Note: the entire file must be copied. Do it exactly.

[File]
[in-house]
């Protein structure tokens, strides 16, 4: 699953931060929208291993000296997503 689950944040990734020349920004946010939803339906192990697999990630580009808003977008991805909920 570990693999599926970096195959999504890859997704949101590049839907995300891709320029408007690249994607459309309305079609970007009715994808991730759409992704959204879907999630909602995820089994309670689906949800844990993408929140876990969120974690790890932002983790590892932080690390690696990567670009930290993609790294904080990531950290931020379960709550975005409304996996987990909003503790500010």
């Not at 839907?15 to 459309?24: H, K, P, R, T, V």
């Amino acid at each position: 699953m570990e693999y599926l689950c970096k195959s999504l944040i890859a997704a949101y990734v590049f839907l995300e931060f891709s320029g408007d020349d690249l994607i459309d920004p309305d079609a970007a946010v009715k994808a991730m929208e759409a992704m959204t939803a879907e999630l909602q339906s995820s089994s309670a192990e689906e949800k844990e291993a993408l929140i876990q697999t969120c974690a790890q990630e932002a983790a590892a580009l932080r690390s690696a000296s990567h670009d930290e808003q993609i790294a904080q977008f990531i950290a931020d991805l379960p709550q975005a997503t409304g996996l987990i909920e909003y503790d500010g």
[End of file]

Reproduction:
[in-house]
């Protein structure tokens, strides 16, 4: 699953931060929208291993000296997503 689950944040990734020349920004946010939803339906192990697999990630580009808003977008991805909920 570990693999599926970096195959999504890859997704949101590049839907995300891709320029408007690249994607459309309305079609970007009715994808991730759409992704959204879907999630909602995820089994309670689906949800844990993408929140876990969120974690790890932002983790590892932080690390690696990567670009930290993609790294904080990531950290931020379960709550975005409304996996987990909003503790500010």
């Not at 839907?15 to 459309?24: H, K, P, R, T, V």
């Amino acid at each position: 699953m570990e693999y599926l689950c970096k195959s999504l944040i890859a997704a949101y990734v590049f839907l995300e931060f891709s320029g408007d020349d690249l994607i459309d920004p309305d079609a970007a946010v009715k994808a991730m929208e759409a992704m959204t939803a879907e999630l909602q339906s995820s089994s309670a192990e689906e949800k844990e291993a993408l929140i876990q697999t969120c974690a790890q990630e932002a983790a590892a580009l932080r690390s690696a000296s990567h670009d930290e808003q993609i790294a904080q977008f990531i950290a931020d991805l379960p709550q975005a997503t409304g996996l987990i909920e909003y503790d500010g």